Nova Scotia

COVID-19 case announced for St. Margaret's Bay Elementary

Nova Scotia announced a COVID-19 case connected to an elementary school late Tuesday. Earlier in the day, the province announced 10 new cases of the coronavirus.

School is located in the central health zone, and will be closed Wednesday for deep cleaning

A COVID-19 case has been connected to St. Margaret's Bay Elementary in the Head of St. Margarets Bay community. (Paul Palmeter/CBC)

Nova Scotia announced a COVID-19 case connected to an elementary school late Tuesday. Earlier in the day, the province announced 10 new cases of the coronavirus.

In a news release issued Tuesday evening, the province said St. Margaret's Bay Elementary will be closed Wednesday for deep cleaning.

The school is located in the central zone and is the fifth school in the province where a case of COVID-19 has been reported.

Parents and staff will be notified when the school is going to reopen.

The news release said all close contacts in the school have been identified. They will be notified by public health and told to self-isolate and get tested.

School-based cases

The other schools in the central zone where cases have been reported are:

  • Graham Creighton Junior High in Cherry Brook.
  • Auburn Drive High in Cole Harbour.
  • Bedford South School.

Two cases have been identified at Northeast Kings Education Centre in the western health zone.

Earlier Tuesday, Nova Scotia reported 10 new cases of COVID-19, all in the central zone. With the St. Margaret's Bay Elementary case, that brings the province's total active cases to 143.

No one is in hospital related to COVID-19 in Nova Scotia.

At Tuesday's COVID-19 briefing, Chief Medical Officer of Health Dr. Robert Strang said he's heartened the new case numbers are stabilizing, but added that each new positive case has an average of eight close contacts. In the first wave, that number was just three.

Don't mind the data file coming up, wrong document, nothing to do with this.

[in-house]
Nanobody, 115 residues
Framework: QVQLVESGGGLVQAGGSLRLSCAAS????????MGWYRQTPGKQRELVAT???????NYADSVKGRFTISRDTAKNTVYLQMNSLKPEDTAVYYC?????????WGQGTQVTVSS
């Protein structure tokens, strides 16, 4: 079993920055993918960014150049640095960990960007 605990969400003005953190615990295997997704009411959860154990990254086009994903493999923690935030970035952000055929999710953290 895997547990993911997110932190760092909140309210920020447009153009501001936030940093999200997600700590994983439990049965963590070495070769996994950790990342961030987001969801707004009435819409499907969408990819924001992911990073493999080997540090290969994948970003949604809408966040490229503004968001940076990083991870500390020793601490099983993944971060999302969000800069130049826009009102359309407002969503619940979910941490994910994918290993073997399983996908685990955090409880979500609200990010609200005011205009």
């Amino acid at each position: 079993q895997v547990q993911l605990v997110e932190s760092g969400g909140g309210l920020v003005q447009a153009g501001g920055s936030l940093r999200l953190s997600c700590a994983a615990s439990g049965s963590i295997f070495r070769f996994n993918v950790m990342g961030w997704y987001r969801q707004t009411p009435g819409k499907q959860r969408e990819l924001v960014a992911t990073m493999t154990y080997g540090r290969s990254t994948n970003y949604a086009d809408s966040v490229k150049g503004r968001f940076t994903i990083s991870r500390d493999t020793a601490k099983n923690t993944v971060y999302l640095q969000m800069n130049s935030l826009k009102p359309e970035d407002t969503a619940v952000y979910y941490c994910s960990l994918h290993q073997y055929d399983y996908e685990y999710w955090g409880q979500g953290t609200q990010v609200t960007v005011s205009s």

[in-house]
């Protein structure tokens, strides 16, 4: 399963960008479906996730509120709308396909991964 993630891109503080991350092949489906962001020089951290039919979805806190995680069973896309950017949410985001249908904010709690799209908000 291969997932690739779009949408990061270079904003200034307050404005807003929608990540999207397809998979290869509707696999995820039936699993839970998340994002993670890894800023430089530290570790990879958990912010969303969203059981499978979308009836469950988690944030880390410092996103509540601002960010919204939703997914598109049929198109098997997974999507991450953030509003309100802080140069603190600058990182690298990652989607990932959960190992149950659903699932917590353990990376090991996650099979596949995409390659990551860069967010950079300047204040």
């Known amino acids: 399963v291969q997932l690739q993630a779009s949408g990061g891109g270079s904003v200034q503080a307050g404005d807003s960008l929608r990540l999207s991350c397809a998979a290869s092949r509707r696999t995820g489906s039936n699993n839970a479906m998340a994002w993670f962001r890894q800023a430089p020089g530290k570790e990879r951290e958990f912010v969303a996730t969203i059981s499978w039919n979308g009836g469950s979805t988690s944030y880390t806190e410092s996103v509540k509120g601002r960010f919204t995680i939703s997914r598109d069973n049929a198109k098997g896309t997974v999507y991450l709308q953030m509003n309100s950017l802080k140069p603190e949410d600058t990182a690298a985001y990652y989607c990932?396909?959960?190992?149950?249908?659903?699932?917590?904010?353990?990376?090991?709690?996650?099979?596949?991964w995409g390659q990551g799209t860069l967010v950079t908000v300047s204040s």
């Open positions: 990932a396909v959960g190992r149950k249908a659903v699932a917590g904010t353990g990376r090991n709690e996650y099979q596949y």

Nova Scotia labs completed 4,138 tests Monday, the highest number of daily tests conducted since the start of the pandemic.

An additional 275 tests were administered at a rapid-testing site in Halifax and 585 at a similar site in Wolfville. There were no positive results at either site.

Mobile testing units

Premier Stephen McNeil said to date over 5,000 people have been given the rapid test, with 21 of them, all without symptoms, testing positive. Those people were told to self-isolate and instructed to take the standard test to verify their result. 

Strang said two six-metre mobile units have been outfitted for deployment to outbreak areas. The mobile units will administer the standard test and not the rapid test.

"This mobility is it gives us a much better tool to be agile and flexible as needed across the province," Strang said.

One of these new units will be in place Wednesday at the Northeast Kings Education Centre in Canning, where two positive cases were identified, one last week and another on Sunday.

A full list of exposures in the province can be found here.